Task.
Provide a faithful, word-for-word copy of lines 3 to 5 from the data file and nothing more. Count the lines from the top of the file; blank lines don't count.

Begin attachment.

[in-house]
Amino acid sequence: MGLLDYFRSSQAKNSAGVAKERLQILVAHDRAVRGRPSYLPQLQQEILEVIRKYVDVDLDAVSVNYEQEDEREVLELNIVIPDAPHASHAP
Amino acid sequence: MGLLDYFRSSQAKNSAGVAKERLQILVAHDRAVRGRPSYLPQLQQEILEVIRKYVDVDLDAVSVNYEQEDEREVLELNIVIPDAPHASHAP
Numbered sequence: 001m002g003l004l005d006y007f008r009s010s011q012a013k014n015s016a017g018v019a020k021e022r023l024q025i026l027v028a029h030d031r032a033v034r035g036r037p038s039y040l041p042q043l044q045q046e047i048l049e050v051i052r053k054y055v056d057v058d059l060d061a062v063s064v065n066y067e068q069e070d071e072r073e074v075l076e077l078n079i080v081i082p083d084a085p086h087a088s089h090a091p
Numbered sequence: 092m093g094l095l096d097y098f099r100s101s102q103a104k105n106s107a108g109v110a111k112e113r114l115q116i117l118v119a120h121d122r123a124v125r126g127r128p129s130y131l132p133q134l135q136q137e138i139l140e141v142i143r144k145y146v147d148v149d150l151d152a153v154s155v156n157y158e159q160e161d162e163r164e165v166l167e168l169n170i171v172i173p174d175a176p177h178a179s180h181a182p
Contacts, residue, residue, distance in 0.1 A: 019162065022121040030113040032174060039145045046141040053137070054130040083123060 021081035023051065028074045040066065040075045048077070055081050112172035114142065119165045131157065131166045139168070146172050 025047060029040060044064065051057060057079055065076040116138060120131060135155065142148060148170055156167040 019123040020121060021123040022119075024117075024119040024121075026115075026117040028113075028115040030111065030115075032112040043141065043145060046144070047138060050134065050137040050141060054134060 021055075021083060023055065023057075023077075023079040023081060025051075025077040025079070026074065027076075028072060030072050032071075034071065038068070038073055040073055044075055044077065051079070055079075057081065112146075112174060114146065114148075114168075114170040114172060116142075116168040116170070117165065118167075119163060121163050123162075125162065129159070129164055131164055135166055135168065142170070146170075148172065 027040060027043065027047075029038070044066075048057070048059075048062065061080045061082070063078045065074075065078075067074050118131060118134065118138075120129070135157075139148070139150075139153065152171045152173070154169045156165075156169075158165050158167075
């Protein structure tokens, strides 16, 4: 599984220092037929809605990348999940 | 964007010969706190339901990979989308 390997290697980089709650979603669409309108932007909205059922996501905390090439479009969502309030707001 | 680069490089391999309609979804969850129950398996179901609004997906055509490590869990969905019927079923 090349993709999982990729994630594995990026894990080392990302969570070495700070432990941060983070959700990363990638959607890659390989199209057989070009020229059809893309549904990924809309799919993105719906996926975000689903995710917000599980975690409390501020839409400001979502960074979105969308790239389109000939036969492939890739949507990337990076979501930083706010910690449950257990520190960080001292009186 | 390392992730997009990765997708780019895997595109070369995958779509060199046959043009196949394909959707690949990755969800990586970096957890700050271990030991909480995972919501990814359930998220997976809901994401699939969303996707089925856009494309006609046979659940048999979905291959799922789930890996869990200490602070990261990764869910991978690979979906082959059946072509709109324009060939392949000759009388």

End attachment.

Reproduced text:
Amino acid sequence: MGLLDYFRSSQAKNSAGVAKERLQILVAHDRAVRGRPSYLPQLQQEILEVIRKYVDVDLDAVSVNYEQEDEREVLELNIVIPDAPHASHAP
Numbered sequence: 001m002g003l004l005d006y007f008r009s010s011q012a013k014n015s016a017g018v019a020k021e022r023l024q025i026l027v028a029h030d031r032a033v034r035g036r037p038s039y040l041p042q043l044q045q046e047i048l049e050v051i052r053k054y055v056d057v058d059l060d061a062v063s064v065n066y067e068q069e070d071e072r073e074v075l076e077l078n079i080v081i082p083d084a085p086h087a088s089h090a091p
Numbered sequence: 092m093g094l095l096d097y098f099r100s101s102q103a104k105n106s107a108g109v110a111k112e113r114l115q116i117l118v119a120h121d122r123a124v125r126g127r128p129s130y131l132p133q134l135q136q137e138i139l140e141v142i143r144k145y146v147d148v149d150l151d152a153v154s155v156n157y158e159q160e161d162e163r164e165v166l167e168l169n170i171v172i173p174d175a176p177h178a179s180h181a182p